Showtime has(d) a show called Polyamory……it appears that even in open relationships, it’s still messy. I think it would be fairer to say it’s the human condition to be butt hurt over relationships in general……..and not that humans have a propensity towards being with more than one partner. Because even in honest and open situations……it’s still messy.

        • Damn Barbara, you really love this topic…or really hate it (I believe it is the latter). You can call “cheaters” whatever you like though it is here to stay, it happens in droves and we must accept that fact if we have any desire to live in reality. I guess that is what I mean by accepting.

  9. I would agree that monogamous relationships aren’t for everyone, and I would also agree that it is 100% possible to have healthy relationship based around the idea of allowing each other to sleep with other people if both parties agree that that is something that they are comfortable with and want in their relationship, but I don’t think that this is really “cheating”. Cheating happens when at least one person in a relationship doesn’t agree with this polygamous ideology, and BOTH people commit to be in a purely monogamous relationship with one another, and then one person in the relationship betrays their partner’s wishes and the ideology that their relationship was founded on. I used to believe that perhaps there was a way you could love someone and still cheat. However, the more I ruminated over the idea, the more I came to believe that this isn’t true. I’m sure we all lust from time to time over people other than our partner. Maybe we admire the figure of another person, or we fantasize about someone else’s touch, but when someone acts on these thoughts, they put their own selfish desires above the person that they say they love and care about so much. If you love someone, you should strive to be their ideal partner, you should respect the boundaries you have agreed to set in the relationship, and you care first and foremost about your partner’s well-being. Maybe we can’t control our thoughts, but people hardly cheat on “accident”. Cheating is disregarding your partner’s wants and needs and acting on selfish lust. If monogamy isn’t for you, that’s fine. Just make that clear when you enter a relationship, or even if you’re in an old relationship and decide you want to “explore”, discuss it first with your partner and see how they feel. If it’s something that is important to you, find someone who is okay with it. DON’T go behind someone else’s back.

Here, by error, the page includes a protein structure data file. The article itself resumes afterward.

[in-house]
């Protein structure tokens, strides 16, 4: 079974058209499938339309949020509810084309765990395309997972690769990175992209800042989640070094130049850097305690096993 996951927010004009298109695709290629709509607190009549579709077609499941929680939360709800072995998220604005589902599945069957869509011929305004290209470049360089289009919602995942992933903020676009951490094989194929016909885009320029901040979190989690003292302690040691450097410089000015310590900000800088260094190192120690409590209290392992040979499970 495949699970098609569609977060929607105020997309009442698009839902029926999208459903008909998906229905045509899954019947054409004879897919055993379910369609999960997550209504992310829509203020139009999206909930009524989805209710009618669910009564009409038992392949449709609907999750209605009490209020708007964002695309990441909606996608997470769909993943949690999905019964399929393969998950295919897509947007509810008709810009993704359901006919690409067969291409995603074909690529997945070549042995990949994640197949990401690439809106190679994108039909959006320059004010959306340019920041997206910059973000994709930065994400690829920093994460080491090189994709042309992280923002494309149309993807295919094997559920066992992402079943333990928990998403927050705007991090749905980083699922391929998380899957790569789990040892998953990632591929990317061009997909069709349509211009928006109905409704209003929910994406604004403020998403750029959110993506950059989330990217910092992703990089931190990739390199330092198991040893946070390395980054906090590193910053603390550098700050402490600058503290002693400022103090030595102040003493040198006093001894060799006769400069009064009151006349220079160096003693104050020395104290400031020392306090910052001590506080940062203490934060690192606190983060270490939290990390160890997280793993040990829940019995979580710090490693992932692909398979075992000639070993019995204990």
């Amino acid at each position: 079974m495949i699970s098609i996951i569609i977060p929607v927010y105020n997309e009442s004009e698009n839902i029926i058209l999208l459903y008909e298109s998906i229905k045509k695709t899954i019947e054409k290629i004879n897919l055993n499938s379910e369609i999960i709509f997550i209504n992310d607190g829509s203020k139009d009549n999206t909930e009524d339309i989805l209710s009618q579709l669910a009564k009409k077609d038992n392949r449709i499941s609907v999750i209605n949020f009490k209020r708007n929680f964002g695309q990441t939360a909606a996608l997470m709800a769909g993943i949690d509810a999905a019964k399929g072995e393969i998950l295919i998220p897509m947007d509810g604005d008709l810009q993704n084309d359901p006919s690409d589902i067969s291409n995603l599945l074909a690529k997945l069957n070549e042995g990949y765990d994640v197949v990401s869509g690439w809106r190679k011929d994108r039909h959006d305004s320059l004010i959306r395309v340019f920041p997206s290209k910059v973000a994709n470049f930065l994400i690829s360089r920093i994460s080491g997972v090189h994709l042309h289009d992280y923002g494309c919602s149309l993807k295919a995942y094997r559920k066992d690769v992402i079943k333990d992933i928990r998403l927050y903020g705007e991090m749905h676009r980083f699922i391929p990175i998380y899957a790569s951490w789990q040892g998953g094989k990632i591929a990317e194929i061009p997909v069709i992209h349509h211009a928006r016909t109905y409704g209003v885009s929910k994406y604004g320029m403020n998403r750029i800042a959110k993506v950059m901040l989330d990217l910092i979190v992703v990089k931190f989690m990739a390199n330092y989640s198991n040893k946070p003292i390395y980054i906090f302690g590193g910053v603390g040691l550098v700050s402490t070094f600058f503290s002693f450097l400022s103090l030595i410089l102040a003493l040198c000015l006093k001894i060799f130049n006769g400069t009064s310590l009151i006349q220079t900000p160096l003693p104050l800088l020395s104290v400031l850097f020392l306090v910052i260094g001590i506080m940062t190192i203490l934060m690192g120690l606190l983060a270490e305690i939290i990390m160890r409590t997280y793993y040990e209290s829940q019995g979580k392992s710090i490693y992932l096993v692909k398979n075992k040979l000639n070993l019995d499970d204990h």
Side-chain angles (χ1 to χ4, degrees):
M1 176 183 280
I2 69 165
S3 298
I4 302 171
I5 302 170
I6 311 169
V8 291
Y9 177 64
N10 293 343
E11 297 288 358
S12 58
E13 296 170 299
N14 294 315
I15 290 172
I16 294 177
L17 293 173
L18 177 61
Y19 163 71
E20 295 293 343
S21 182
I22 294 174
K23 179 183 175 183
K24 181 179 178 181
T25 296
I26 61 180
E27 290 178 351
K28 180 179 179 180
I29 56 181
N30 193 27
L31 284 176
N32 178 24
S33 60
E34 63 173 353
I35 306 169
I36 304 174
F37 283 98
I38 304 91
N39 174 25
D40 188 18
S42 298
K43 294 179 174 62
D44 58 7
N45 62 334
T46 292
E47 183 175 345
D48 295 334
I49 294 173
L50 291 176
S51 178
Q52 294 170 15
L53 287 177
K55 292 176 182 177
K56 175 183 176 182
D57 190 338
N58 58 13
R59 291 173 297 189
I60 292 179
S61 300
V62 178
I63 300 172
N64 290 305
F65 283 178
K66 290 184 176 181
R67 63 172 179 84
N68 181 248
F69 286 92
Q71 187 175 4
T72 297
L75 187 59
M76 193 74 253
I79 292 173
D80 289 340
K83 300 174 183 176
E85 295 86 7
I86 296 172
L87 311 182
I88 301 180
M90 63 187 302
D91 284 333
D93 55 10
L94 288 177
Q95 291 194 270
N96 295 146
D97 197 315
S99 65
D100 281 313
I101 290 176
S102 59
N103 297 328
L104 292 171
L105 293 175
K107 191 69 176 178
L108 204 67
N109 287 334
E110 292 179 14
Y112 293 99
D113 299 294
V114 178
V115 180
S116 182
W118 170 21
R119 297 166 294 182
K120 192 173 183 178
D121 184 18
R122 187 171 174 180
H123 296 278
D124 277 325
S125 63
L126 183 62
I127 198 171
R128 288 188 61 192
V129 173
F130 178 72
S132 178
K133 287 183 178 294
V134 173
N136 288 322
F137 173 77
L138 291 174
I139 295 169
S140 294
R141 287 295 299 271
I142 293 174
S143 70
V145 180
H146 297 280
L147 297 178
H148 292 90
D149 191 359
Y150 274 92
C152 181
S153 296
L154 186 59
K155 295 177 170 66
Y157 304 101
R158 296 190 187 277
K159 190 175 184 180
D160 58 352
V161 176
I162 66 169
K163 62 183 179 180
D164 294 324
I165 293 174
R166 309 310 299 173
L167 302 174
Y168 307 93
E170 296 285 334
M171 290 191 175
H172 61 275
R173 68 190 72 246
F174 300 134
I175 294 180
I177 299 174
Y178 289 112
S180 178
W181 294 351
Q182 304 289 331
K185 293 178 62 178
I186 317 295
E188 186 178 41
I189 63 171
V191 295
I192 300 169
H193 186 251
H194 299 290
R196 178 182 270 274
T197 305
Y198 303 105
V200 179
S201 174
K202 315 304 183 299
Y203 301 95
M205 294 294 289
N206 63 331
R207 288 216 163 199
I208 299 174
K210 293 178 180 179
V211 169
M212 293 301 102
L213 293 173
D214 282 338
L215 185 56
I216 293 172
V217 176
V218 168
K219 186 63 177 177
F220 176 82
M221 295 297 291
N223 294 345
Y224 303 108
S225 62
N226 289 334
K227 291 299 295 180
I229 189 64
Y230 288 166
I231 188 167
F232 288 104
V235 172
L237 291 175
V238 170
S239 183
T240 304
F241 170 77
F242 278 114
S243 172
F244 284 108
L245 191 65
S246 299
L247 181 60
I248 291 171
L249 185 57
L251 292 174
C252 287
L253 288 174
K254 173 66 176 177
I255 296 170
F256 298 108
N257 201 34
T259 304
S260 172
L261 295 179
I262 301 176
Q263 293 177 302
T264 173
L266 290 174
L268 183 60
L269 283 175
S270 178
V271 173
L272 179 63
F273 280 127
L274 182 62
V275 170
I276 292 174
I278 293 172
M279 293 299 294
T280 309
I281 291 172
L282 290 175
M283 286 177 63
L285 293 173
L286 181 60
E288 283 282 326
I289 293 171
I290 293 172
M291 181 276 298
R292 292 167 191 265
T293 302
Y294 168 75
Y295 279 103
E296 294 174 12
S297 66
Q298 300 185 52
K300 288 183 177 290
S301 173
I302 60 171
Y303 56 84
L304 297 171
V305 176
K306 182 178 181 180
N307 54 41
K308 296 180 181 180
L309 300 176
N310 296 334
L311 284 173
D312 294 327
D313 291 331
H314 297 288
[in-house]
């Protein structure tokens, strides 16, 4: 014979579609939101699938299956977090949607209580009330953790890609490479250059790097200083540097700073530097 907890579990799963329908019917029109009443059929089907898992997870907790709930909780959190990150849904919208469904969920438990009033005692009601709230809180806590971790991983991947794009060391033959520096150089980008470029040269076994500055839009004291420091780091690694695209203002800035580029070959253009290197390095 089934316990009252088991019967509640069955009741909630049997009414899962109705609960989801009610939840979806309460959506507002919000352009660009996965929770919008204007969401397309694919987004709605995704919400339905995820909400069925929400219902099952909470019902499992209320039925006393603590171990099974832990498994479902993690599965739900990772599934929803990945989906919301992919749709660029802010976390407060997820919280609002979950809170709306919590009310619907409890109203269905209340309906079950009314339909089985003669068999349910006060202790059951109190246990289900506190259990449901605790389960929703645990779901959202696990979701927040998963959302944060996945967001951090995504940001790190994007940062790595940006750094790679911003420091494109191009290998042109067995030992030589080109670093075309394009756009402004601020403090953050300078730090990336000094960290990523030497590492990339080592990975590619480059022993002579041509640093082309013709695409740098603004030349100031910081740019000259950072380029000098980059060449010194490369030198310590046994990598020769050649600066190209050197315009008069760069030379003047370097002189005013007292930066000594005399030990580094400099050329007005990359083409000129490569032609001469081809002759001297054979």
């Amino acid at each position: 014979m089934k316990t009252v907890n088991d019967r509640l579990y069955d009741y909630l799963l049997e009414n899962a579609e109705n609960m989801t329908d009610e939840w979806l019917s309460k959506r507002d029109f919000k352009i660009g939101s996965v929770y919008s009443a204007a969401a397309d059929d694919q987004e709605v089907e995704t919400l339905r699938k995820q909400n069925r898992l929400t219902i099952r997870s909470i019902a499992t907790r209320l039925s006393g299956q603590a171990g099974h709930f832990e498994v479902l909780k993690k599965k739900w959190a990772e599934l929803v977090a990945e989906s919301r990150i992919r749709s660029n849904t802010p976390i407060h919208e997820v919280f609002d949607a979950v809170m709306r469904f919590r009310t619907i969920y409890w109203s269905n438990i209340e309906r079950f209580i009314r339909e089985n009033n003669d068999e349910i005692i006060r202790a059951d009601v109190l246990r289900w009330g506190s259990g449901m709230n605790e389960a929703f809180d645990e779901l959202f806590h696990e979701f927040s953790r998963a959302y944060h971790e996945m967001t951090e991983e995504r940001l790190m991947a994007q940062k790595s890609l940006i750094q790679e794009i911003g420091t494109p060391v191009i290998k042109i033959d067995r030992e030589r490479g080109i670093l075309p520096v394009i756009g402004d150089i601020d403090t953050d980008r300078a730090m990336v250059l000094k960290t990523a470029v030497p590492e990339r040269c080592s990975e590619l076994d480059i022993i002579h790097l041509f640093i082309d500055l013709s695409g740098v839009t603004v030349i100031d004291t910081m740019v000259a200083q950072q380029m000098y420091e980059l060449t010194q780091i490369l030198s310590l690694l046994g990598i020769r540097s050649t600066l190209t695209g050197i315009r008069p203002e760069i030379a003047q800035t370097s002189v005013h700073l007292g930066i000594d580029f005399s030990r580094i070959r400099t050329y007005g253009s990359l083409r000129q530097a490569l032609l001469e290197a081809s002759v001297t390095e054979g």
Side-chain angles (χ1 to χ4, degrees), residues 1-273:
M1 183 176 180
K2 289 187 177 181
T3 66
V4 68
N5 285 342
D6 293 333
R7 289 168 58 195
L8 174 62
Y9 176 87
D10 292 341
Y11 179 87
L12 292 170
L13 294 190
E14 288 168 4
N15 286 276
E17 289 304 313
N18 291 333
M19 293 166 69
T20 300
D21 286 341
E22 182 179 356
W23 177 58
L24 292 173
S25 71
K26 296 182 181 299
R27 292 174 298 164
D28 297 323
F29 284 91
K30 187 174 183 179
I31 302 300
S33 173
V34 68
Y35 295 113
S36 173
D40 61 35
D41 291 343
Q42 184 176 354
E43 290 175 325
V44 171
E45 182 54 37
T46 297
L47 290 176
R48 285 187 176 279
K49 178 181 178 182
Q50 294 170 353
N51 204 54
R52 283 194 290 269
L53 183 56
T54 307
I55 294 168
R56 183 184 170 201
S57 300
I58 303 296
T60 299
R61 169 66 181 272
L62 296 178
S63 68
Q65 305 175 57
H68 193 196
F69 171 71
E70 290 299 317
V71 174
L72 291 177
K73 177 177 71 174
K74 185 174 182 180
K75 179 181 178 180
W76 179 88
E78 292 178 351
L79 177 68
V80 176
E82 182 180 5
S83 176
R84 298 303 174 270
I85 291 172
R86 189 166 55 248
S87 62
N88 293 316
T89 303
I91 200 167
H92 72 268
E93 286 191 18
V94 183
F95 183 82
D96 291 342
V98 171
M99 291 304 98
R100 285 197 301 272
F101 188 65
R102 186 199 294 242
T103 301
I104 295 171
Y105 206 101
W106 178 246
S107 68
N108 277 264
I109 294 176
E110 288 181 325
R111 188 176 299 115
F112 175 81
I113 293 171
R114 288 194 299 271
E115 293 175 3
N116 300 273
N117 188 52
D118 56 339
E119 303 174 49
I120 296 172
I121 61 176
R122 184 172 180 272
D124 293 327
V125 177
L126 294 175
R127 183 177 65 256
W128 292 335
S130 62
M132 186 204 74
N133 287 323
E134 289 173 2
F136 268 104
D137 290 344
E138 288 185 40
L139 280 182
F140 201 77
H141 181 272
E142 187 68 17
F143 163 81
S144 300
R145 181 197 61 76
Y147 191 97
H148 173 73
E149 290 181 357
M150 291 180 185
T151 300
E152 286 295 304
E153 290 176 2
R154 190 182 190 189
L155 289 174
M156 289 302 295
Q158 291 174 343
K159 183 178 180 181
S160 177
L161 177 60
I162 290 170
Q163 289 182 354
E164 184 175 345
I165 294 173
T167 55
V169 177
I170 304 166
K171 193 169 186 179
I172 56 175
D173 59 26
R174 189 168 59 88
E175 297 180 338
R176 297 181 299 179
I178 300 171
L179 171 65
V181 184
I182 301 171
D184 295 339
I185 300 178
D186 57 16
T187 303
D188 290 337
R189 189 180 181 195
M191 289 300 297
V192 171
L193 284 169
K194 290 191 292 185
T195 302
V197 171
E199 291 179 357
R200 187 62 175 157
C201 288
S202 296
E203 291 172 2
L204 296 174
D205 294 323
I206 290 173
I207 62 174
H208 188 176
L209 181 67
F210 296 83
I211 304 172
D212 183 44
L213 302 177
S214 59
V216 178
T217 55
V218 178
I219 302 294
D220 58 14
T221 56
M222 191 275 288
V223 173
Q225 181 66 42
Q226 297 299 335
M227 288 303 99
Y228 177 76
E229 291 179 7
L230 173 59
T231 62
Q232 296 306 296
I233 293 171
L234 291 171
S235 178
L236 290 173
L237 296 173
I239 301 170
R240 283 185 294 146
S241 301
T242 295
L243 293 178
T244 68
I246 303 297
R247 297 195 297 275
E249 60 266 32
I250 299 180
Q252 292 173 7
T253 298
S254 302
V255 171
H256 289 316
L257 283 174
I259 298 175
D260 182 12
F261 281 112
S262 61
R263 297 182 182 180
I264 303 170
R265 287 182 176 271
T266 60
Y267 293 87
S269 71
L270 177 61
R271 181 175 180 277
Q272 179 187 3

• Nicely said Krista. Thank you for your contribution. This blog is not about polyamory (which is a huge and controversial issue all on its own). Rather that whatever one wants to pursue, be it monogamy or not, the “exploring” thing seems hardwired into the human genetic code as evidenced by the overwhelmingly high number of “cheaters” in the world. We can take the moral angle and call it wrong, unethical, etc… but I am asking the question that it is “wrong” why is it so prevalent and relatively normal human behavior? As Aziz Ansari said, if cheaters are monsters there are certainly a LOT of monsters in the world. If it is so wrong, why so widespread? This is blog more about human understanding, perhaps even forgiveness, over jealousy and insecurity. Perhaps this will save a lot of relationships.